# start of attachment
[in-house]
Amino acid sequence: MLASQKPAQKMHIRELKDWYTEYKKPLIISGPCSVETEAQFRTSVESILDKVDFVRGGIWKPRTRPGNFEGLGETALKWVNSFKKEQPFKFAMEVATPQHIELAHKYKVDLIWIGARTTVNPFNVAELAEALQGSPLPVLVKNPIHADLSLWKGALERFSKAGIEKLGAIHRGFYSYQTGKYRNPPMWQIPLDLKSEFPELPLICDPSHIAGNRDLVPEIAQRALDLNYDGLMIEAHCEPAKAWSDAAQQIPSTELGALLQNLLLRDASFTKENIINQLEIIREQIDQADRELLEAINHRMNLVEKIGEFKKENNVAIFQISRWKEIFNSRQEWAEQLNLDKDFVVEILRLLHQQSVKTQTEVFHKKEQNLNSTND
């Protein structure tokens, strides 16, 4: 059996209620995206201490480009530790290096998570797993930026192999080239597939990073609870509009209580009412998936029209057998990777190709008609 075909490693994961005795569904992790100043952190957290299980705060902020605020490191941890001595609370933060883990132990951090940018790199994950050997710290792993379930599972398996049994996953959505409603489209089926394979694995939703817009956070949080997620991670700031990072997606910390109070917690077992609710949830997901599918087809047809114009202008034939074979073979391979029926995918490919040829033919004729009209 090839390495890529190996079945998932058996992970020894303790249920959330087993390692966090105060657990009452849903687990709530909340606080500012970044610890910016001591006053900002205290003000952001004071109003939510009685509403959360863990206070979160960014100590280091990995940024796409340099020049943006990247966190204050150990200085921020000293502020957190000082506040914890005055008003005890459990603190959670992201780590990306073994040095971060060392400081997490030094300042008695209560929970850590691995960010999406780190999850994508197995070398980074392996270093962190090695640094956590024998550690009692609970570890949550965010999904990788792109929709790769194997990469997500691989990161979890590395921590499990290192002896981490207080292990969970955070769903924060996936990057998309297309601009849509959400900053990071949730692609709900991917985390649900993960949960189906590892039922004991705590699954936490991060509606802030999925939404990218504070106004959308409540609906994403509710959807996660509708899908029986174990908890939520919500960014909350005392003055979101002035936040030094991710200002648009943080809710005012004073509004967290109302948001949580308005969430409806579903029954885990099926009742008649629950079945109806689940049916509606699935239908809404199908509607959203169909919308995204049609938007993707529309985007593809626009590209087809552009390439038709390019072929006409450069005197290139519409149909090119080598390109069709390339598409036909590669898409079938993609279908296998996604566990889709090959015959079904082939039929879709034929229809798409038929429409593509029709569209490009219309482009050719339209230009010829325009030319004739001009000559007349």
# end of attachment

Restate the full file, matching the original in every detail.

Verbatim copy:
[in-house]
Amino acid sequence: MLASQKPAQKMHIRELKDWYTEYKKPLIISGPCSVETEAQFRTSVESILDKVDFVRGGIWKPRTRPGNFEGLGETALKWVNSFKKEQPFKFAMEVATPQHIELAHKYKVDLIWIGARTTVNPFNVAELAEALQGSPLPVLVKNPIHADLSLWKGALERFSKAGIEKLGAIHRGFYSYQTGKYRNPPMWQIPLDLKSEFPELPLICDPSHIAGNRDLVPEIAQRALDLNYDGLMIEAHCEPAKAWSDAAQQIPSTELGALLQNLLLRDASFTKENIINQLEIIREQIDQADRELLEAINHRMNLVEKIGEFKKENNVAIFQISRWKEIFNSRQEWAEQLNLDKDFVVEILRLLHQQSVKTQTEVFHKKEQNLNSTND
């Protein structure tokens, strides 16, 4: 059996209620995206201490480009530790290096998570797993930026192999080239597939990073609870509009209580009412998936029209057998990777190709008609 075909490693994961005795569904992790100043952190957290299980705060902020605020490191941890001595609370933060883990132990951090940018790199994950050997710290792993379930599972398996049994996953959505409603489209089926394979694995939703817009956070949080997620991670700031990072997606910390109070917690077992609710949830997901599918087809047809114009202008034939074979073979391979029926995918490919040829033919004729009209 090839390495890529190996079945998932058996992970020894303790249920959330087993390692966090105060657990009452849903687990709530909340606080500012970044610890910016001591006053900002205290003000952001004071109003939510009685509403959360863990206070979160960014100590280091990995940024796409340099020049943006990247966190204050150990200085921020000293502020957190000082506040914890005055008003005890459990603190959670992201780590990306073994040095971060060392400081997490030094300042008695209560929970850590691995960010999406780190999850994508197995070398980074392996270093962190090695640094956590024998550690009692609970570890949550965010999904990788792109929709790769194997990469997500691989990161979890590395921590499990290192002896981490207080292990969970955070769903924060996936990057998309297309601009849509959400900053990071949730692609709900991917985390649900993960949960189906590892039922004991705590699954936490991060509606802030999925939404990218504070106004959308409540609906994403509710959807996660509708899908029986174990908890939520919500960014909350005392003055979101002035936040030094991710200002648009943080809710005012004073509004967290109302948001949580308005969430409806579903029954885990099926009742008649629950079945109806689940049916509606699935239908809404199908509607959203169909919308995204049609938007993707529309985007593809626009590209087809552009390439038709390019072929006409450069005197290139519409149909090119080598390109069709390339598409036909590669898409079938993609279908296998996604566990889709090959015959079904082939039929879709034929229809798409038929429409593509029709569209490009219309482009050719339209230009010829325009030319004739001009000559007349």